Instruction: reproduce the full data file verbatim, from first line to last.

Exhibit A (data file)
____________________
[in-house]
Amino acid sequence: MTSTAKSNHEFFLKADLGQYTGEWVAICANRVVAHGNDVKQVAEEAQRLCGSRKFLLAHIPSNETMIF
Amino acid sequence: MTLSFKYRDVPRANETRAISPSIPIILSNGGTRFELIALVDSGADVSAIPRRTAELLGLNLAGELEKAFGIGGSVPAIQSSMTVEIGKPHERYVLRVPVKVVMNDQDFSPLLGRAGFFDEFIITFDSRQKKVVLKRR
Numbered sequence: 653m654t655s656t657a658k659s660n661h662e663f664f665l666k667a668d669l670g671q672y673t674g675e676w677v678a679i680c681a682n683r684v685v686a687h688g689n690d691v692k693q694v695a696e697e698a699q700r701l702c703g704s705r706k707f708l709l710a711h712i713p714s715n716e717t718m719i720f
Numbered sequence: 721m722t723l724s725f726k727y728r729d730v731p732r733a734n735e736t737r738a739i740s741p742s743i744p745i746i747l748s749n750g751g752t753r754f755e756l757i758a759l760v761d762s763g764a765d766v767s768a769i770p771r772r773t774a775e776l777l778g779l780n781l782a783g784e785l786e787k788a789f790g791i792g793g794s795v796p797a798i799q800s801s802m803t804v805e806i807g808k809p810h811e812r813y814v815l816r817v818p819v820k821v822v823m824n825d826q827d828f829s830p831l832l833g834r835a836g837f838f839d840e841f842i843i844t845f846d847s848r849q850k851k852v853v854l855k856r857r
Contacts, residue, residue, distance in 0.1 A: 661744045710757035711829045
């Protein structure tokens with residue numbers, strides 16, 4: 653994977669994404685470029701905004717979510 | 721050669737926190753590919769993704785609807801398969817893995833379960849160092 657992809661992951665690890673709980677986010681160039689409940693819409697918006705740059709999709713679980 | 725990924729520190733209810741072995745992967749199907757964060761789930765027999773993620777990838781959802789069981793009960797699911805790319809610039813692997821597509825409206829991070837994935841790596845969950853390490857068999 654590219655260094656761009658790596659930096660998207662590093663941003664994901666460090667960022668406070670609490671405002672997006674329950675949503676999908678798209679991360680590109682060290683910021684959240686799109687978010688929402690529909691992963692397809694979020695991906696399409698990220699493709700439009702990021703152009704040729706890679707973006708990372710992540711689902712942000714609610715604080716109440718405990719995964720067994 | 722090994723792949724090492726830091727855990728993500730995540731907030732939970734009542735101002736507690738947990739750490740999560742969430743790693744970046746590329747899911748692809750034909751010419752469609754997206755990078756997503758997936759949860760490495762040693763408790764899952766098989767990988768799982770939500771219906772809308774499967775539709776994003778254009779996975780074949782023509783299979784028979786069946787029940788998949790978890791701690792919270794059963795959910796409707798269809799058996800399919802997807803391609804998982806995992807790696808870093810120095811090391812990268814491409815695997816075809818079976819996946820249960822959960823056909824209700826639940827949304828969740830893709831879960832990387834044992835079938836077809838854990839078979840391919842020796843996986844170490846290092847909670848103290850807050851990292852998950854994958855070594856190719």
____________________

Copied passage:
[in-house]
Amino acid sequence: MTSTAKSNHEFFLKADLGQYTGEWVAICANRVVAHGNDVKQVAEEAQRLCGSRKFLLAHIPSNETMIF
Amino acid sequence: MTLSFKYRDVPRANETRAISPSIPIILSNGGTRFELIALVDSGADVSAIPRRTAELLGLNLAGELEKAFGIGGSVPAIQSSMTVEIGKPHERYVLRVPVKVVMNDQDFSPLLGRAGFFDEFIITFDSRQKKVVLKRR
Numbered sequence: 653m654t655s656t657a658k659s660n661h662e663f664f665l666k667a668d669l670g671q672y673t674g675e676w677v678a679i680c681a682n683r684v685v686a687h688g689n690d691v692k693q694v695a696e697e698a699q700r701l702c703g704s705r706k707f708l709l710a711h712i713p714s715n716e717t718m719i720f
Numbered sequence: 721m722t723l724s725f726k727y728r729d730v731p732r733a734n735e736t737r738a739i740s741p742s743i744p745i746i747l748s749n750g751g752t753r754f755e756l757i758a759l760v761d762s763g764a765d766v767s768a769i770p771r772r773t774a775e776l777l778g779l780n781l782a783g784e785l786e787k788a789f790g791i792g793g794s795v796p797a798i799q800s801s802m803t804v805e806i807g808k809p810h811e812r813y814v815l816r817v818p819v820k821v822v823m824n825d826q827d828f829s830p831l832l833g834r835a836g837f838f839d840e841f842i843i844t845f846d847s848r849q850k851k852v853v854l855k856r857r
Contacts, residue, residue, distance in 0.1 A: 661744045710757035711829045
């Protein structure tokens with residue numbers, strides 16, 4: 653994977669994404685470029701905004717979510 | 721050669737926190753590919769993704785609807801398969817893995833379960849160092 657992809661992951665690890673709980677986010681160039689409940693819409697918006705740059709999709713679980 | 725990924729520190733209810741072995745992967749199907757964060761789930765027999773993620777990838781959802789069981793009960797699911805790319809610039813692997821597509825409206829991070837994935841790596845969950853390490857068999 654590219655260094656761009658790596659930096660998207662590093663941003664994901666460090667960022668406070670609490671405002672997006674329950675949503676999908678798209679991360680590109682060290683910021684959240686799109687978010688929402690529909691992963692397809694979020695991906696399409698990220699493709700439009702990021703152009704040729706890679707973006708990372710992540711689902712942000714609610715604080716109440718405990719995964720067994 | 722090994723792949724090492726830091727855990728993500730995540731907030732939970734009542735101002736507690738947990739750490740999560742969430743790693744970046746590329747899911748692809750034909751010419752469609754997206755990078756997503758997936759949860760490495762040693763408790764899952766098989767990988768799982770939500771219906772809308774499967775539709776994003778254009779996975780074949782023509783299979784028979786069946787029940788998949790978890791701690792919270794059963795959910796409707798269809799058996800399919802997807803391609804998982806995992807790696808870093810120095811090391812990268814491409815695997816075809818079976819996946820249960822959960823056909824209700826639940827949304828969740830893709831879960832990387834044992835079938836077809838854990839078979840391919842020796843996986844170490846290092847909670848103290850807050851990292852998950854994958855070594856190719």